Besides individuals, a body of individuals or an artificial person such as an association ofpersons, an institution, a limited company, all Hindu Undivided Family through its Karta, can also form a trust.
Trust by an HUF
A karta of a joint Hindu family can create a charitable trust in relation to the family property, for the benefit of the family or if it is necessary to fulfill the religious or charitable obligations of the family. (Sri Thakurfi vs. Nand Ahir ILR 43 All. 560. Also see, Gangi Reddi vs. Tami Reddi. AIR 1927 PC 80; Narasimhaswami vs. Venkattalingam. AIR 1927 Mad. 636 (FB); S. Devraj vs. CWT(l973) 90 ITR 400 (Mad.).
8. Who may be a Trustee?
Every person capable of holding property may be a trustee; but, where the trust involves the exercise of discretion, he cannot execute it unless he is competent to contract. No one is bound to accept a trust. Any number of persons may be appointed as trustees. However, no trust is defeated for want of a trustee. Where there is no trustee in existence, an official trustee may be appointed by the court and the trust can be administered.
Based on the above analogy, following may also be trustee(s):
- A Government, a corporation or a limited company can be a trustee.
- A woman can also be a trustee.
- Minor: Even a minor can be appointed as a trustee, if he is to be only a passive trustee, not required to exercise discretion.
- Beneficiary may also be a trustee.
- Author as trustee: The author or settler of a trust may appoint! constitute himself as the sole trustee or as one of the several trustees.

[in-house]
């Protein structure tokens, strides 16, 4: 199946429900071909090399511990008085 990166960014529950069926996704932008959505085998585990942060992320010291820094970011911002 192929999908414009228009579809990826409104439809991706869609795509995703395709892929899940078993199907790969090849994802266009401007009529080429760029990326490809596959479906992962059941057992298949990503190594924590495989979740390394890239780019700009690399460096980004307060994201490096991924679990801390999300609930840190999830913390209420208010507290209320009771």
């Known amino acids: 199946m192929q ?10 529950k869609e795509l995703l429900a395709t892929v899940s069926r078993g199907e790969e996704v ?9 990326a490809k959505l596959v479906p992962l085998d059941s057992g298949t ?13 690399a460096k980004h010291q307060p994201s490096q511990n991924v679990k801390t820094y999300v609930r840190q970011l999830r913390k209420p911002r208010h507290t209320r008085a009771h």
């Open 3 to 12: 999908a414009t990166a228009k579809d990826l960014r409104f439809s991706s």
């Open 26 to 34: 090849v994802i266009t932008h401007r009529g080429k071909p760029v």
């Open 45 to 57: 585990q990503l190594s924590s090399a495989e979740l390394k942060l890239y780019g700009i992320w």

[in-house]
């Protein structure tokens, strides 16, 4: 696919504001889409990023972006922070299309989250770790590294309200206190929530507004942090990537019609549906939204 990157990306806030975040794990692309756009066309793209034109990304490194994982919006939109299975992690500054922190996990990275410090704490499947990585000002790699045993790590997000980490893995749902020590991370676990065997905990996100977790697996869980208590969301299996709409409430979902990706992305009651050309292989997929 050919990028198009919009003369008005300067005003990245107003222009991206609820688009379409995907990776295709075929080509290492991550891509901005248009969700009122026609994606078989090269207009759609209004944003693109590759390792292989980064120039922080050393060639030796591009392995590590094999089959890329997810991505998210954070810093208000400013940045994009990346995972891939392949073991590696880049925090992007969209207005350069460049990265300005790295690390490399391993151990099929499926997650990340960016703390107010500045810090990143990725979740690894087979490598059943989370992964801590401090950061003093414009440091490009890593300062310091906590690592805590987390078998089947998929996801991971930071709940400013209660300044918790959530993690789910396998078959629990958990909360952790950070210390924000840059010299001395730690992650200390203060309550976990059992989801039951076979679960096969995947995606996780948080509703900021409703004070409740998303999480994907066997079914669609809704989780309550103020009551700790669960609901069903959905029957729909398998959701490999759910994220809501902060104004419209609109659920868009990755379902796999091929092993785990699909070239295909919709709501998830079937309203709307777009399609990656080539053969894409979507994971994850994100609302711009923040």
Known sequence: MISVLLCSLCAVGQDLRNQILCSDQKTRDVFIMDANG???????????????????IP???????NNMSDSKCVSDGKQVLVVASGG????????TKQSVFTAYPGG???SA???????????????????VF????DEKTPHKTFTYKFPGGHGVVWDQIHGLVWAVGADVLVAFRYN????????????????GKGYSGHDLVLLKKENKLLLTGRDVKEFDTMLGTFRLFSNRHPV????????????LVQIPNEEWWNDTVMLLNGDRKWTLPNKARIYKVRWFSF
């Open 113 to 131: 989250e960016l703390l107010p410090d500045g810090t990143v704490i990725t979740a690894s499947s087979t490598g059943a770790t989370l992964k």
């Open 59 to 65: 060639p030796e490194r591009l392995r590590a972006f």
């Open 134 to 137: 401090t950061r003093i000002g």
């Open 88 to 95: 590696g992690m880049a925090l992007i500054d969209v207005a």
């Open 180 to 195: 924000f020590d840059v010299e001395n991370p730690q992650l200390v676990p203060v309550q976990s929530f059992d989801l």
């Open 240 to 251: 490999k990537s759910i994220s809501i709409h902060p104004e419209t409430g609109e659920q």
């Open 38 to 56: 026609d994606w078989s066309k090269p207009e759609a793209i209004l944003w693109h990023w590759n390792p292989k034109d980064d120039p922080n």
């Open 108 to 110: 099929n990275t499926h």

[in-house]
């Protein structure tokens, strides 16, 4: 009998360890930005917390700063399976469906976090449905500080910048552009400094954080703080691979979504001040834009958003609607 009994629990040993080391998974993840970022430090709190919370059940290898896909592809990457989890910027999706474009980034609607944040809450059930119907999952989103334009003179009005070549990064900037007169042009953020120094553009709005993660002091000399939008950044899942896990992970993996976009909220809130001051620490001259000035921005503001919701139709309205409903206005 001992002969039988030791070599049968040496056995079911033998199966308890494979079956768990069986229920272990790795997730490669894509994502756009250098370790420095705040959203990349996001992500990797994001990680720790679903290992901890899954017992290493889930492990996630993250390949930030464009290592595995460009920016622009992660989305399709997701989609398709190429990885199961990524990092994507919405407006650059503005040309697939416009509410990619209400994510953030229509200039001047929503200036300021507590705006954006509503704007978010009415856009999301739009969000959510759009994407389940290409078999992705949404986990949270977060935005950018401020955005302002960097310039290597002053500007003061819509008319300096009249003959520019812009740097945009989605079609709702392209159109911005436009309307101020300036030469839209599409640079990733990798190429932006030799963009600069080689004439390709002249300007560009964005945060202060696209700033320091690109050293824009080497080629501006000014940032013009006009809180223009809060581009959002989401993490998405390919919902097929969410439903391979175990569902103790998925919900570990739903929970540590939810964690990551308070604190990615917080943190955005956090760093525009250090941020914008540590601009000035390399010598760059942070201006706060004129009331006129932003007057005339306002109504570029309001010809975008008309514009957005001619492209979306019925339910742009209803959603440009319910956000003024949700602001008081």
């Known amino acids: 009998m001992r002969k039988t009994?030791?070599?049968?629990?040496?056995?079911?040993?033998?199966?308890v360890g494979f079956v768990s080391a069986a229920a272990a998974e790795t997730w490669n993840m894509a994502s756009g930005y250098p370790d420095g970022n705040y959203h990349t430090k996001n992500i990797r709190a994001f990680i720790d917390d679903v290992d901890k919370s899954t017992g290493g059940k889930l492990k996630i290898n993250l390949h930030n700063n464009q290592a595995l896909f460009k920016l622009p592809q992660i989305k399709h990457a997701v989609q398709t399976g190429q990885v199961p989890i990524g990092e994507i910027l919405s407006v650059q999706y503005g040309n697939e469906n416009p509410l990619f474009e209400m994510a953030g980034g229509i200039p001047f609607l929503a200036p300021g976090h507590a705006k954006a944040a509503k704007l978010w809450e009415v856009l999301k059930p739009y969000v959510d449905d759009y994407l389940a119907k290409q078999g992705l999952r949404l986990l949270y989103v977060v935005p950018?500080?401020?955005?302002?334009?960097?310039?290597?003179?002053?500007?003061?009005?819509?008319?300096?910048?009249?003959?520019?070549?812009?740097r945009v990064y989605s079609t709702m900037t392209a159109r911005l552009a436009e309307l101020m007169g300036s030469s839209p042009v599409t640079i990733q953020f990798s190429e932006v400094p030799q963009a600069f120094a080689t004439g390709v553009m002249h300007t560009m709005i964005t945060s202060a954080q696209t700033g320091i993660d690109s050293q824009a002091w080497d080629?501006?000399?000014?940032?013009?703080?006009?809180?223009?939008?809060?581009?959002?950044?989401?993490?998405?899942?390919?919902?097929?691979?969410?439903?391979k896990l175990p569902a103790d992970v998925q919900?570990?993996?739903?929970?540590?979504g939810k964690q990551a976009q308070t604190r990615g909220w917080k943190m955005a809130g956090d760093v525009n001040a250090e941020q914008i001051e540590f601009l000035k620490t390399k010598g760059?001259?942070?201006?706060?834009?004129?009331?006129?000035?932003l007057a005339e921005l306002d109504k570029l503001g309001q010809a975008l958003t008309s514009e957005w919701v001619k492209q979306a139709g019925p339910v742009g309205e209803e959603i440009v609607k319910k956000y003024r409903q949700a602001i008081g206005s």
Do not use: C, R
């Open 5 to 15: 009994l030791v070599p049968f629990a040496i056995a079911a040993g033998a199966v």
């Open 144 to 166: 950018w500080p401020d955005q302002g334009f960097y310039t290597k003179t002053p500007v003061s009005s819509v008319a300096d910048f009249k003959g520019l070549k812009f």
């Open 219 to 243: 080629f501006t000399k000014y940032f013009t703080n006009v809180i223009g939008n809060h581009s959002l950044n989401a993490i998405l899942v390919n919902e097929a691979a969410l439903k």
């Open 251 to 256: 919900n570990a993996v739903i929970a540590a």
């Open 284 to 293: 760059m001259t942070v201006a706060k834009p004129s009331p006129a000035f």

9. Beneficiary Under Trust
The person or persons for whose benefit, a trust has been created, is called the beneficiary or beneficiaries, as the case may be. While the trustees hold the legal title in the trust property the beneficiaries hold the beneficial interest in the property.
Who may be a beneficiary?
Evey person capable of holding property may be a beneficiary. Beneficiary may be any person, so specified by the author of the trust; a beneficiary may be a near or distant relative of the author or a person not related to the author at all or general public or a class thereof.
A minor, a woman and even an unborn person can also be a beneficiary. A trustee can also be one of the several beneficiaries under the same trust.
A proposed beneficiary may renounce his interest under the trust by disclaimer addressed to the trustee, or by setting up, with notice of the trust, a claim inconsistent therewith.
10. Creation of a Public Charitable or Religious Trust
A public trust (intended to be created otherwise than by a will), whether relating to movable or immovable property, may be created by mere delivery of possession with a direction that the property is to be held under trust. However, a written instrument of trust signed by the author and registered, is always desirable.